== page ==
The fact that it was underground was not the only aspect of the Low Line that set it apart from its railroad friend, the High Line.
“There are a lot of differences. This is a new form of solar technology… the idea that we treat light like a liquid,” explained co-founder James Ramsey, the more scientific of the two. This concept, of channeling light in order to photosynthesize subterranean plant life, came to him while traveling through India.
When the Observer walked into Essex Market Building D on the Lower East Side, an old warehouse above the proposed space that the Low Line Park will occupy, for the Imagining the Low Line exhibit, we found he made a point. Once adjusted to the darkness, and the overwhelming smell of foliage, we were met with a $5,000 Japanese Maple Tree, flourishing in spite of the darkness on a bed of rich moss. Above it, the science; a solar technology demo whereby a rotating sun beamer collects sunlight and distributes it down to the organisms below.
Ed Jacobs, the industrial designer of the demo, said that the project was a case of “understanding the material, the manufacturability and an issue of scale and of production.”
The entities benefiting from this were selected by Misty Gonzalez, of Hortus Environmental Design, who attempted to assemble the trees and plants that would usually be found on the rainforest canapé, an environment similar to this microclimate. She described her experience as “design science.”
The Observer was impressed by the illuminated scene, which resembled the pastoral setting of Watership Down amid darkness. Very ethereal! But with a target of $30 million to $50 million needed to build the Low Line—the project raised $150,000 this summer—and no permission yet to develop the 60,000 square feet under the exhibit space, we couldn’t help but wonder: can they really pull it off?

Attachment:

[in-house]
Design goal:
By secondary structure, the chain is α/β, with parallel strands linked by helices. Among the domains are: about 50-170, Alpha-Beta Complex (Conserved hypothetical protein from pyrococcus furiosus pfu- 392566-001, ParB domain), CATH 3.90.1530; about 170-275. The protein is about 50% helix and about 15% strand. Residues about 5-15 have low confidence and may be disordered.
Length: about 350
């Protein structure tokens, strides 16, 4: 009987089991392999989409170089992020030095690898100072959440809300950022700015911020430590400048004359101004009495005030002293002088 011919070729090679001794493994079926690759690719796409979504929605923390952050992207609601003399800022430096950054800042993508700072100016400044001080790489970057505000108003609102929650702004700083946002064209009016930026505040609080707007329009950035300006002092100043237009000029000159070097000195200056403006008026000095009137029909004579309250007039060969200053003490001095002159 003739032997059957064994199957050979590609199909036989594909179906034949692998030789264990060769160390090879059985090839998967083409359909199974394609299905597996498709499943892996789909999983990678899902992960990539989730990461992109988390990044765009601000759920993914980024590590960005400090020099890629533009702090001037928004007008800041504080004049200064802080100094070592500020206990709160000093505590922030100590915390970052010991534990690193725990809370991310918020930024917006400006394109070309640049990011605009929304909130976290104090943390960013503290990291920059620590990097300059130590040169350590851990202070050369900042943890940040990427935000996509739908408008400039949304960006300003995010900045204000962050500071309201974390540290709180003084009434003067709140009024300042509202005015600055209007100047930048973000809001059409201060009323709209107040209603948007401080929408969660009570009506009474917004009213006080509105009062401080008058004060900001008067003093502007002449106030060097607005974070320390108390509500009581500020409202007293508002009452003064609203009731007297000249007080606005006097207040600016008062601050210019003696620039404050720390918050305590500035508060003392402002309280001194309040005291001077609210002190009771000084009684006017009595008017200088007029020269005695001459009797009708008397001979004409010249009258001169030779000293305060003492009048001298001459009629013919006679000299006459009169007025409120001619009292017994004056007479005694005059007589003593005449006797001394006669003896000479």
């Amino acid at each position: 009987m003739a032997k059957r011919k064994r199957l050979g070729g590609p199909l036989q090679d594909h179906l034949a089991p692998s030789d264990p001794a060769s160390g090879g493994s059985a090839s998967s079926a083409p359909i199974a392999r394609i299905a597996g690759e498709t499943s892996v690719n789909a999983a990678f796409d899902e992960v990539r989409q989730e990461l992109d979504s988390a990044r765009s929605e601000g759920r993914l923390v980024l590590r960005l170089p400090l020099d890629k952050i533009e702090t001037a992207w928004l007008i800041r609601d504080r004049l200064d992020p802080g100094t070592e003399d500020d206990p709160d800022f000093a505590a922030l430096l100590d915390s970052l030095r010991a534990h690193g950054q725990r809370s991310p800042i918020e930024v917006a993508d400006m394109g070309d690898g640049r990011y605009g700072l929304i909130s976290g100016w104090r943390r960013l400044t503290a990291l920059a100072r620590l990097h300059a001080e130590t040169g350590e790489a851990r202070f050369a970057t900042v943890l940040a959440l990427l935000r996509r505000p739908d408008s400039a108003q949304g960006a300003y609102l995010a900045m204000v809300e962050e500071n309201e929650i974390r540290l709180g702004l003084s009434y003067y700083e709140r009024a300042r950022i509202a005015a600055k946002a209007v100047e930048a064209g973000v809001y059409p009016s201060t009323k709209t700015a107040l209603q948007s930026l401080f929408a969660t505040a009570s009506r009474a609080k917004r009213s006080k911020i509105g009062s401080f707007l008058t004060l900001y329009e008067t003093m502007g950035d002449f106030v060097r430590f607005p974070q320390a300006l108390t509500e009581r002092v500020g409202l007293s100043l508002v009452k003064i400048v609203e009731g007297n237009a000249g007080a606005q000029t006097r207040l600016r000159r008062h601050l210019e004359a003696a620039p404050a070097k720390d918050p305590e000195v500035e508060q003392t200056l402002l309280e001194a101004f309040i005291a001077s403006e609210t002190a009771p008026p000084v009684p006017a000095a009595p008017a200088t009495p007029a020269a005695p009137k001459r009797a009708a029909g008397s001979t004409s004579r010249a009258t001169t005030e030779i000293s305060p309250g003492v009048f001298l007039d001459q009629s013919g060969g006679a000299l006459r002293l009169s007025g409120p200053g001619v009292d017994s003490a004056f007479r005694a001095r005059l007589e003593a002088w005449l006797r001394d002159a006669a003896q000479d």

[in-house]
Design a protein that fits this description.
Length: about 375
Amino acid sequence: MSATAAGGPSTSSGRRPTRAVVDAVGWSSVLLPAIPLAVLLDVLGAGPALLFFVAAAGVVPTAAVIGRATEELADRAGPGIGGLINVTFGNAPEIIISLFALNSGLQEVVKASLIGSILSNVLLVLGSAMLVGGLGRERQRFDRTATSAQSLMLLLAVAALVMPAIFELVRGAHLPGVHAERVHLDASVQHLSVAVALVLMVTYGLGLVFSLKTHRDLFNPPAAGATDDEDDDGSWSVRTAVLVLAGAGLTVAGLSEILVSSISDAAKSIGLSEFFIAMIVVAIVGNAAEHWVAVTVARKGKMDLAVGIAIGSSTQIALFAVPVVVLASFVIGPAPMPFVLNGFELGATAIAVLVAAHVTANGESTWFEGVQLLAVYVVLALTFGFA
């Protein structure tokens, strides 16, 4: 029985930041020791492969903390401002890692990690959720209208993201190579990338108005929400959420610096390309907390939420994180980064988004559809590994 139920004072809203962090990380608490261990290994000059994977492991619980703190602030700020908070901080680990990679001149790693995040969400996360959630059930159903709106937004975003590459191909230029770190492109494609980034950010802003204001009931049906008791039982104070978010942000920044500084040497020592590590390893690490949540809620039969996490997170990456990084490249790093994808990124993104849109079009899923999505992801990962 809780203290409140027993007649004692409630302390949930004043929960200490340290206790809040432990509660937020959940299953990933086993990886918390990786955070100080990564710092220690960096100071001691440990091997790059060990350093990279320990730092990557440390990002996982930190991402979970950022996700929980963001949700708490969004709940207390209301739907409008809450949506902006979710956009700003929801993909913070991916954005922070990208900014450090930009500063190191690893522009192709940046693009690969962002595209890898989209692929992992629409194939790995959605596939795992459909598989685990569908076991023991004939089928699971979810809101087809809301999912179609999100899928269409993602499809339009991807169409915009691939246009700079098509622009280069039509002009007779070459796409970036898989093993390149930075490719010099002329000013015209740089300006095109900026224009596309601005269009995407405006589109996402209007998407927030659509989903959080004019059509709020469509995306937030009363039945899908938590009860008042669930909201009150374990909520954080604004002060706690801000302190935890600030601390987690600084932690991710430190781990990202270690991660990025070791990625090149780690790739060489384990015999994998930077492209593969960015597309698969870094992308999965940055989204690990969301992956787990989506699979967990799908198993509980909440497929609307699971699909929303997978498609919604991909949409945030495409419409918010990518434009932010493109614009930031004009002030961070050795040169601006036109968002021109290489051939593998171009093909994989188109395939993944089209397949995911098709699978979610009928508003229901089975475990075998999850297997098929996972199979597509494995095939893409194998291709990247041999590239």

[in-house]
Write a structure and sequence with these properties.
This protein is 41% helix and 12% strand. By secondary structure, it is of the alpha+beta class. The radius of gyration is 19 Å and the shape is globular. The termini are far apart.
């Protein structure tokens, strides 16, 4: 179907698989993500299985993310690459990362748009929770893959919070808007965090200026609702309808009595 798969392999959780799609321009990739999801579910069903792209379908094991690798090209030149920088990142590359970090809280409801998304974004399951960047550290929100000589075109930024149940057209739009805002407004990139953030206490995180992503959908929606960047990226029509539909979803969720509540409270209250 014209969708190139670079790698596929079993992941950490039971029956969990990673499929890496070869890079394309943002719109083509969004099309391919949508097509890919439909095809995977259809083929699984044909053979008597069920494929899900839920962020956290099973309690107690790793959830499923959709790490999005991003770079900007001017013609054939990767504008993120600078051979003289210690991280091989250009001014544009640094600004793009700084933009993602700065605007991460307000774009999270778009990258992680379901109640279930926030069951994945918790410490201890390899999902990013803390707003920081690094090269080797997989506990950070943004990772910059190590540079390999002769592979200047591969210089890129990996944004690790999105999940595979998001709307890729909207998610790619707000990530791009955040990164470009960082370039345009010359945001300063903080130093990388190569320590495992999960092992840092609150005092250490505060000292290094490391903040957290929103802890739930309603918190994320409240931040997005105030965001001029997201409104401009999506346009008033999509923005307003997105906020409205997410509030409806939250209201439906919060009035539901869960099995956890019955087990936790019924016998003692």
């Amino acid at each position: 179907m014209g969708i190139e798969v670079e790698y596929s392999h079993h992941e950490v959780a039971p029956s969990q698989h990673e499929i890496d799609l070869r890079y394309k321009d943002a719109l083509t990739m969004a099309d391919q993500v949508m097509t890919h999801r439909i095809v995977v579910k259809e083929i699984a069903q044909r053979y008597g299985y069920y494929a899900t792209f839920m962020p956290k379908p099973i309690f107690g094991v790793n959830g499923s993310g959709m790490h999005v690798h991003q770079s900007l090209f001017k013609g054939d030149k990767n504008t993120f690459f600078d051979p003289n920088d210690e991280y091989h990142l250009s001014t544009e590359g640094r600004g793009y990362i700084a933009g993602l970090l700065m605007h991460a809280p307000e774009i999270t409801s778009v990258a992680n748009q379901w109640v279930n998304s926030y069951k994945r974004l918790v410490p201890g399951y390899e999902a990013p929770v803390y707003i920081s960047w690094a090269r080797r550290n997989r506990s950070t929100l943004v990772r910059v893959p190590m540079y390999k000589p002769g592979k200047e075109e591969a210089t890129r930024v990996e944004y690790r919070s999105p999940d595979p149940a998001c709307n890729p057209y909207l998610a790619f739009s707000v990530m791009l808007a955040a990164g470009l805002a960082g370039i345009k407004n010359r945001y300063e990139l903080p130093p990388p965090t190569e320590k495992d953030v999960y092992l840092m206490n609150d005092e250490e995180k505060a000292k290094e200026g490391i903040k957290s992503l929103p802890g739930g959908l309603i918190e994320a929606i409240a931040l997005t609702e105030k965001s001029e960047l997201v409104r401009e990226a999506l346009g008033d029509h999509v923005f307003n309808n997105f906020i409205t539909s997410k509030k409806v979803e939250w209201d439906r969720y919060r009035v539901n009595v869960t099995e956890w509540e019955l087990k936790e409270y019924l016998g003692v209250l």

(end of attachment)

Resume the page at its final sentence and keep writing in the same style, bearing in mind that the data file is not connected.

“The park will definitely happen in five to eight years time,” said co-founder Dan Barasch, “I have increasing confidence every day.”
He’d better be confident with the exhibit opening to the public this weekend and two days of street fairs, bringing local vendors to the space.
Mr. Barasch assured us that the concept “signifies something beyond location.” Even if this particular space does not pull through, the exhibit will highlight the potential to develop any number of underground spaces.
But the Lower East Side community does matter. The project has attracted enormous support from LES residents, who lack green space.
Mr. Barasch, who deals more with the community side of the project, felt that “by bringing together core members of the Lower East Side community throughout this exhibit, we will show that the Low Line is not only possible, but will be sustainable as a viable community organization over the longer term.”
Mr. Ramsey agreed that the Low LinePark would provide a space in which to “stitch this community together a little bit,” a place to “combine performance and education.”
And the future of park space in New York? Enter the Columbia University students whose Experiments in Motion exhibit, running alongside the futuristic indoor park, imagines the future of urban motion in New York, such as Kelsey Lent’s Gang(Green) vision of “regaining the balance between nature and infrastructure” by connecting the above ground parks via underground green spaces.
The proposal were presented via a fifty-foot long model of Manhattan’s subway grid, projected onto the floor of the warehouse (courtesy of Audi America).
When The Observer emerged from the exhibit into the daylight, it was like leaving a perpetual twilight behind. A space where visitors could spend hours in a type of parallel universe. Whether the park actually goes forward in this space or not—or whether it lives up to Mr. Ramsey’s vision of a place where “futuristic technology can be linked to the deep history of New York”—there’s no doubt about the potential growth of a concept that has been meticulously nurtured.